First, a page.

Some Madison residents troubled following factory’s most recent pollution offense
Some local residents are unsettled by Madison Kipp Corporation’s environmental impact.Image By: Camille Paskind
As an aluminum manufacturer reaches a settlement with the state over pollution violations, some Madison residents remain concerned about the company’s environmental impact.
Madison-Kipp Corporation, which operates an aluminum production facility at 201 Waubesa St. on Madison’s East Side, recently agreed to pay $350,000 in fines for high onsite concentrations of pollutants associated with industrial chemicals used by the company.
According to Dr. Jean Bahr, a UW-Madison professor of geology and geophysics, the two contaminants — tetrachloroethylene and polychlorinated biphenyls — are both considered health hazards even at very low concentrations. They are also believed to cause cancer.
Under the settlement, Madison-Kipp will be required to build reserves of $1.65 million over the next five years for future cleanup initiatives. During this period, they will not be required to pay the fines dictated by the agreement.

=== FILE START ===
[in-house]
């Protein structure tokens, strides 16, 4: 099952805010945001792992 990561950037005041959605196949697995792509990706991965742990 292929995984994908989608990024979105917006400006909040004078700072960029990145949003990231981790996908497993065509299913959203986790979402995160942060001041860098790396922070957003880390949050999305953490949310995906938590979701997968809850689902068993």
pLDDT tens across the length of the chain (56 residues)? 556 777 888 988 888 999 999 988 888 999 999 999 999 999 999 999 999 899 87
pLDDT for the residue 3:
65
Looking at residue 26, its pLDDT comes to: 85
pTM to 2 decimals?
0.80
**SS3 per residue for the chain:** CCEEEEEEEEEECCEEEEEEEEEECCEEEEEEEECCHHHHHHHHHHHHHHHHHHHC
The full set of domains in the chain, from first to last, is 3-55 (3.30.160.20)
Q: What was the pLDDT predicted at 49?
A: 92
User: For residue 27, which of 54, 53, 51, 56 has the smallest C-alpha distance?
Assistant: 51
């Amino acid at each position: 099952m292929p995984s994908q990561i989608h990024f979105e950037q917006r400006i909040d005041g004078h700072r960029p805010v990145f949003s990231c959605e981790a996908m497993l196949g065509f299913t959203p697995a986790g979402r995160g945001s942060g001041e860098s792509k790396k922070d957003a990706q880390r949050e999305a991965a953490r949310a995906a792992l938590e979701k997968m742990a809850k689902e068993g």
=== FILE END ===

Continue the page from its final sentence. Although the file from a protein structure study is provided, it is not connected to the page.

Such a waiting period may also allow the company more time to assess the best methods for cleanup, according to Bahr.
“We often underestimate how complicated cleanup can be, especially when we’re working at the subsurface level,” she said.
Some residents of the Schenk-Atwood-Starkweather-Yahara neighborhood are asking for a more immediate response, from both state agencies and Madison-Kipp.
“I've been in the neighborhood for a few years, and felt much better about things when the [state Department of Natural Resources] was more active in monitoring Kipp,” said resident Jen Åhlström, who recalled that the agency used to conduct routine tests of soil sample quality and air quality.
In response to local concerns, a SASY neighborhood organization announced plans last summer to coordinate their own system of air pollution monitoring.
One resident said the smells produced by operations at Madison-Kipp are alarming.
“The scent is smoky, artificial and toxic with metallic and plastic overtones,” said resident Sybill Augustine. “I worry about the air we're all breathing . . . we're consuming it on a daily basis.”
Other residents wondered how these fines would address pollution more immediately, especially given Madison-Kipp’s history of violations.
The state Department of Natural Resources found groundwater beneath or around the corporation to be contaminated with tetrachloroethylene four separate times between 1995 and 2010.
On the Facebook group for SASY’s neighborhood association, resident Steven Klafka suggested that past penalties had not been severe enough.
“These [fines] don't appear to have made a difference,” Klafka wrote. “The fines must not be big enough, or perhaps we need to move beyond the corporation shield and hold the owners and managers accountable.”
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